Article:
Review: Michael Moore’s Sicko
A Canadian socialist’s view
By Stephen Gowans
12 July 2007
Michael Moore’s Sicko is an entertaining and emotionally compelling film. It exposes the harshness of profit-based healthcare to the majority of Americans, and does so in the film-maker’s accustomed engaging way. There is no one as deft in connecting on issues of concern to the left and ordinary people with as large an audience as Moore. On this, he has no peer.
While the film has been labelled controversial by the US media, it is anything but. Few Americans would disagree with the thesis of the film – that for them a program of universal healthcare would be far better than the current profit-based system. What controversy the film has generated has been confined to those in whose interest universal healthcare is inimical: insurance companies whose profits would suffer grievously were universal healthcare adopted; banks, investors and corporations, who have an interest in shrinking the commons, not seeing it expanded; and the media, which – owned by the same class—reliably promotes its interests.
Media pundits accuse Moore of fudging the facts, warn Americans that Canada, France, Britain and Cuba (countries whose healthcare systems are highlighted in the film) are not healthcare paradises, and stress that free healthcare for all is not free, but comes with crushing taxes. (It is not pointed out, however, that the taxes are mainly shouldered by those most able to pay, i.e., the same people sounding the alarm about universal healthcare.)
For a Canadian who knows something about the single-payer health insurance plan Moore idolizes, the US media campaign against Moore’s film is a transparent propaganda offensive whose goal it is to discredit Moore and universal healthcare. It’s true the Canadian system has flaws fatal ones if you believe the US media spin—but the flaws US scare-mongers cite have nothing whatever to do with the system itself, and everything to do with what Canadian politicians have spent the last two decades doing: under-funding the system to make Canadians increasingly dissatisfied so they’ll demand the wonders of the US for-profit system CNN is always touting and investors privately clamor for.
The fact of the matter is that the US spends considerably more per capita on healthcare than Canada does, and yet healthcare outcomes for ordinary people are better in Canada. The US spends infinitely more than Cuba does, but only manages to place a few notches higher on healthcare rankings. That the richest country in the world only manages to edge out a Third World country – and one it has spent the last four and half decades trying to strangle economically—says (1) much for Cuba’s system, (2) unless your wealthy, the US for-profit system sucks and (3) the Cuban system in an industrialized country would—by comparison to what’s available today—be the “healthcare nirvana” the US media warns doesn’t exist.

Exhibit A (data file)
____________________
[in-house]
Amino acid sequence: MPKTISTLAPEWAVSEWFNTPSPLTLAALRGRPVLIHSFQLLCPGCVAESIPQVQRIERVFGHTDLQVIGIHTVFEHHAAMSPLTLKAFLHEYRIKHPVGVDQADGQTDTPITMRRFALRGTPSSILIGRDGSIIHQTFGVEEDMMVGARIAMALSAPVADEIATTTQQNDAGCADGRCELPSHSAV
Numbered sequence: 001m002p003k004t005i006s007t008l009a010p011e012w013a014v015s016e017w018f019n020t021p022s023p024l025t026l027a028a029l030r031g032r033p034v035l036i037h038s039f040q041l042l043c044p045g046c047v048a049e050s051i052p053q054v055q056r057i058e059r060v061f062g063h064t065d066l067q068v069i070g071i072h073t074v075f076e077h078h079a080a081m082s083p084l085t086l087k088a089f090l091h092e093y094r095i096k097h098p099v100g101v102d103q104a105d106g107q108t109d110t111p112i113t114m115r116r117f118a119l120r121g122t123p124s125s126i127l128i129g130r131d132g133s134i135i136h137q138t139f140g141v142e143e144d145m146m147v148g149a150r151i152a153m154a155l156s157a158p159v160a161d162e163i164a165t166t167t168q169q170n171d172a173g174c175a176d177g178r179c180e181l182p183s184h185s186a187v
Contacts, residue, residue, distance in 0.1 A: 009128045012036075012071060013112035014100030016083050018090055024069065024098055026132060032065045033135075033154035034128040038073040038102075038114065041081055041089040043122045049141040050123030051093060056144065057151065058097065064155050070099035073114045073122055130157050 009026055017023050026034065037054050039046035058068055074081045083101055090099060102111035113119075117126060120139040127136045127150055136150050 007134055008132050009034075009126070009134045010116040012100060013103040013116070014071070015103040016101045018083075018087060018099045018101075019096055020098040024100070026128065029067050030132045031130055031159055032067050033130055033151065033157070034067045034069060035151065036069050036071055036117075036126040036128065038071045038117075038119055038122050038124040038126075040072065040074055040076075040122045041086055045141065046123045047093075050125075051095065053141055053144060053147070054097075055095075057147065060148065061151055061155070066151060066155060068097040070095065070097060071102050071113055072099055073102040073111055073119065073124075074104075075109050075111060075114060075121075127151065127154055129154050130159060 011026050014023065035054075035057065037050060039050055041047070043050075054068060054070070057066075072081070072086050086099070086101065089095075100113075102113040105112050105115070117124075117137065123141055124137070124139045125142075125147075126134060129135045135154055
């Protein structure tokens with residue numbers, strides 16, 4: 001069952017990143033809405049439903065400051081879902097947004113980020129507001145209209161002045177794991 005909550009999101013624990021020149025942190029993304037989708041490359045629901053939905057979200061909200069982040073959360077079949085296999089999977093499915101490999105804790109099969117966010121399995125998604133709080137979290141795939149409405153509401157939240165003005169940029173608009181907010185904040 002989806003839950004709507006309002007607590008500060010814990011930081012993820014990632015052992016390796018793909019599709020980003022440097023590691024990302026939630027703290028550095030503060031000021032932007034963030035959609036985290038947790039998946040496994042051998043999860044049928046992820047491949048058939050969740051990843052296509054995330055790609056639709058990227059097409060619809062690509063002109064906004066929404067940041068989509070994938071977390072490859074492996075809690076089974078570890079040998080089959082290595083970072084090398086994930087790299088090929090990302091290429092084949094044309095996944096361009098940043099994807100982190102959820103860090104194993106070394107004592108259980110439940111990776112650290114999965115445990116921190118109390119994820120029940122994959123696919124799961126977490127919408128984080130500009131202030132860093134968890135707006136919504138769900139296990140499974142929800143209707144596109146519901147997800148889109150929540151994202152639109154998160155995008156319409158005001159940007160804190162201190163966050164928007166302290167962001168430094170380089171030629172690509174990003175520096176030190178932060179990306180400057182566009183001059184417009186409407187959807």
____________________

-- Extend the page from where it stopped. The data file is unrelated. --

While Moore has cogently exposed the deep flaws of the US for-profit healthcare system, his comments to the media on what Americans should do to secure a better system are less compelling.
In a testy exchange with CNN’s Wolf Blitzer, Moore suggested that “the people (who) have gone to my movie, the people that are concerned about this issue … write to Mrs. Clinton and say, please, universal healthcare that’s free for everyone who lives in this country.”
In response to the charge that the government is incapable of competently administering healthcare, Moore counters that there’s nothing wrong with the government, only with the people who get elected. The implied solutions are straight out of Moore’s high school civics class textbook. Vote, write letters, be informed. If we press for universal healthcare, and elect the right people, we’ll get what we ask for.
But a deeper analysis would ask two questions:
Why is it that the “right” people rarely, if ever, get elected?
Why did Hilary Clinton’s proposal for healthcare reform die 14 years ago? Contrary to what Moore and others learned in their high school civics classes, the US political system is not democratic, but plutocratic. It is minimally responsive to the interests of the majority of people, but maximally responsive to the interests of the slim minority that owns and controls the economy, and is able, by virtue of its ownership and control position, to command the resources that allow it to tilt the playing field decidedly in its own favor. Sure, there are elections, and most everyone is free to vote. But those who have money – and lots of it can dominate the system. And who has lots of money?
Money power plays an overwhelming role in selecting candidates to stand for election, and not surprisingly, those candidates who are best able to command the considerable financial backing needed to get elected lean towards looking after the interests of the wealthy people and corporations cutting the checks. As a Canadian prime minister once said of politicians elected in capitalist democracies, “You dance with the one who brought you to the dance.”